As the late Anthony Bourdain exposed in his eye-opening documentaries, a chef’s life isn’t for the faint of heart. It’s all been the school of hard knocks for Vestavia Hills’ culinary Rebel. Holland held his own with the “hardcore hellcats” that prowl steakhouse kitchens, dodging fistfights on his way out the kitchen door and into a managerial role. “I fell in love with organized chaos, but I knew that no matter what I did, I wanted to be successful. I wanted to be like my grandfather,” Holland reminisces.

Grandpa Holland’s “never-correctly-sharpened” kitchen knife, though unused, is a deliberate fixture in his grandson’s kitchen. “It will not leave my kitchen, because it’s a piece of him here. And that’s important to me.”



Despite the myriad influencers along the trajectory of Holland’s career, he’s not following in anyone’s footsteps. He’s not afraid to whip up a romesco “the wrong way,” because in his mind there’s no such thing. Culinary preconceptions don’t cloud this chef’s creative process. “Sometimes a dish is very off-the-beaten path. We never taste it and go, ‘Oh that’s dead wrong,’ unless we burn it or over-salt it. It allows you to grow into it,” Holland explains.

When the time comes for the chef to crank out a new menu item, all it takes is about 20 minutes and a little bit of liquid courage, not that he needs it. He’ll perfect a food concept he’s acquainted with by way of tossing the rulebook aside. “You come up with it, you roll with it, you look at every part of it, and you get it done. If you overthink it, you overcomplicate it,” Holland says.

Whatever it is the famous New York chefs are doing, Holland couldn’t say. Keeping up with the Joneses has never been his style. “I don’t look at other cities, I don’t look at other chefs, I don’t care. I respect what Frank Stitt’s doing, it’s legit! But it’s what Frank’s doing. You do what you do, I’ll do what I do.” It may be difficult to pinpoint exactly what it is that Holland’s doing, but that’s part of the magic, as it’s nothing short of masterful.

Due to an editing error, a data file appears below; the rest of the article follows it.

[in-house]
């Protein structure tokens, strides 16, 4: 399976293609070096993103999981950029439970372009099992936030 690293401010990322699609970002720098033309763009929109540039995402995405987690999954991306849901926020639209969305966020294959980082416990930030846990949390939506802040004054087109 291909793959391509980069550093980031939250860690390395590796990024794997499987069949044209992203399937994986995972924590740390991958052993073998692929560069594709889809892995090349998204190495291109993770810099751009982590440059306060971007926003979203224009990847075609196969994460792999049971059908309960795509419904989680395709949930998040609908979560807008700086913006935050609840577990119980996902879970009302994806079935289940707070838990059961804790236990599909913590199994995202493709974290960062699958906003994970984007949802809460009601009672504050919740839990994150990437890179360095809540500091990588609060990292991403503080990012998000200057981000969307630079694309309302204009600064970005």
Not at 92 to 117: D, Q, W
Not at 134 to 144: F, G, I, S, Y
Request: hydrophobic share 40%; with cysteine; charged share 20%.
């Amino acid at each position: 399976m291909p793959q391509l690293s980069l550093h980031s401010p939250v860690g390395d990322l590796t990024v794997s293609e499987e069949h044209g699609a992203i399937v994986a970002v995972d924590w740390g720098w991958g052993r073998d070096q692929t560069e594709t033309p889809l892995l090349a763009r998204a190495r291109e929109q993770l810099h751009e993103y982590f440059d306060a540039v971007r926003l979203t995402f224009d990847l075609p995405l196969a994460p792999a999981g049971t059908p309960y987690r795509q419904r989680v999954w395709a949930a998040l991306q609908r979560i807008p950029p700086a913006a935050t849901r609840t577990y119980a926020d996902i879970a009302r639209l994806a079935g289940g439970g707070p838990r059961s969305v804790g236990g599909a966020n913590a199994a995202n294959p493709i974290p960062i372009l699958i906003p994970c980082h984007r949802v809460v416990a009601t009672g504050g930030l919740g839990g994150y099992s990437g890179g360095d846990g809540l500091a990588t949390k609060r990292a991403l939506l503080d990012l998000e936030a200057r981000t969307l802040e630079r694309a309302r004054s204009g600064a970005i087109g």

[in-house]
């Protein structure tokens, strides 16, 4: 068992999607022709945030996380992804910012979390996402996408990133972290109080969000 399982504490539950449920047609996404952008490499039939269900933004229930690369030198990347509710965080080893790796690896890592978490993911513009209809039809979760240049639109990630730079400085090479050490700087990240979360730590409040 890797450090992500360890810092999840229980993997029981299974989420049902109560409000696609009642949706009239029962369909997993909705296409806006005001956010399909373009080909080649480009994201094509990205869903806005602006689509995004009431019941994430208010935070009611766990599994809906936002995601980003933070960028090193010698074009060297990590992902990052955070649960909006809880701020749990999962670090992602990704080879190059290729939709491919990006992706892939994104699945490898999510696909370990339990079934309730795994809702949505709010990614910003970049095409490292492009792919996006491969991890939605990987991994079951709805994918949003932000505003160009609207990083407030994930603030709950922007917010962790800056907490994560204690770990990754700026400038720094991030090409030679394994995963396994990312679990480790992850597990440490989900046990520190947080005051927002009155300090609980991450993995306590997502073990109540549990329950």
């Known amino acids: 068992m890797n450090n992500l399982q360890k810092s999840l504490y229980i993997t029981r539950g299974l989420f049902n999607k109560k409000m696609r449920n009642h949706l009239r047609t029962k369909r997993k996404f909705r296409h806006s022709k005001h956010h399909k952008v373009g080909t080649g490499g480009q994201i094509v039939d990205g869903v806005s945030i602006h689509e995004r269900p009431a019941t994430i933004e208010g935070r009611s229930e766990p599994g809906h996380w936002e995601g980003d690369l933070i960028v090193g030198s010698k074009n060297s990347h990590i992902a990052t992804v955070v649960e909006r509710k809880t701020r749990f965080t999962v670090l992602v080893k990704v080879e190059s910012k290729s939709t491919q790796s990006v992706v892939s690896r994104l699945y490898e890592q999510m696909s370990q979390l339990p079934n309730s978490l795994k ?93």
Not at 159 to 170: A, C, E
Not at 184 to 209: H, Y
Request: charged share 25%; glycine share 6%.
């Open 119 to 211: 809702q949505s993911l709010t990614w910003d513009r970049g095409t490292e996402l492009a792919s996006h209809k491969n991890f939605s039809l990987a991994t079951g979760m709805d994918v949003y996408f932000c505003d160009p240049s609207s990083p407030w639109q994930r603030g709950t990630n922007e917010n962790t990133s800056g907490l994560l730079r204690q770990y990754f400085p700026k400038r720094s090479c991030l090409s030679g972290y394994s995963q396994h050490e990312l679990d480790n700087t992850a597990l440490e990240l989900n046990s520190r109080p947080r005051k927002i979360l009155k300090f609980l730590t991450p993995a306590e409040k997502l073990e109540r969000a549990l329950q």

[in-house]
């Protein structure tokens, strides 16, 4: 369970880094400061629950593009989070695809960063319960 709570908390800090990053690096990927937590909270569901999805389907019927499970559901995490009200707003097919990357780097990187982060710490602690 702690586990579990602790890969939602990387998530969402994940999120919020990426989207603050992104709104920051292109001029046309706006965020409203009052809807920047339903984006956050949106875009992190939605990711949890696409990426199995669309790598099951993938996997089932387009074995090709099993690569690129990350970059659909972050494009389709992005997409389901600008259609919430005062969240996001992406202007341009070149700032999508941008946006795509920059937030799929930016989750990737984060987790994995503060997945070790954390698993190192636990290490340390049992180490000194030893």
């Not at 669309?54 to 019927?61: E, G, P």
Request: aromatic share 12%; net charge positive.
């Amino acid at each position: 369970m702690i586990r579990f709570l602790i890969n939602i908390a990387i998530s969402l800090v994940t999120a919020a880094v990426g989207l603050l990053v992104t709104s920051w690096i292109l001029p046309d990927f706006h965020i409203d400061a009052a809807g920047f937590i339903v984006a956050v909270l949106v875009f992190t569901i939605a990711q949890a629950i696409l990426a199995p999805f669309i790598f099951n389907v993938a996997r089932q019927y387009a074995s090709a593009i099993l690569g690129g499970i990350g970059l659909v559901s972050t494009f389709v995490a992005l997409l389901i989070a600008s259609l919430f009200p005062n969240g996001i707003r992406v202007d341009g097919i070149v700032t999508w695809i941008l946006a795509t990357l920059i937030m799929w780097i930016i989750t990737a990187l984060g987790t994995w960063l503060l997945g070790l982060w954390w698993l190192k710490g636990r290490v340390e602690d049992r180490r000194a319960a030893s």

On a typical summer evening, Holland glides through his domain, mingling with guests, no matter the “sirloin spray” decorating his worn t-shirt. He bears the stain proudly, a token of a bloody kitchen battle.

Fig Tree first-timers would probably raise their eyebrows if they knew the guy chucking limes at rowdy regulars was the owner and executive chef. The refined execution of Holland’s dishes is a surprisingly perfect foil to his brazen persona. He’s not wrapped up in bougie nonsense. He’s preoccupied with mastering comforting concepts.

But that doesn’t mean doesn’t have big plans. “Being Fig Tree and being Chef Jon Holland are two totally different things,” according to the man himself.

Holland, we’re keeping an eye on you.

Fig Tree Café is located at 3160 Cahaba Heights Road. To learn more visit thebirminghamfigtree.com.

On the Menu

Some Summertime Selections from Fig Tree Cafe

  • Fried Green Tomatoes
  • Truffle Fries
  • Crab Cakes
  • Fried Crab Claws
  • Oysters
  • Southern Charcuterie Plate
  • Chicken Fried Chicken
  • Shrimp and Grits
  • Hoppin John with Shrimp
  • Diver Scallops
  • Porchetta
  • Fish of the Day
  • Fig Pig Pork
  • Chop of the Day
  • Seasonal Burger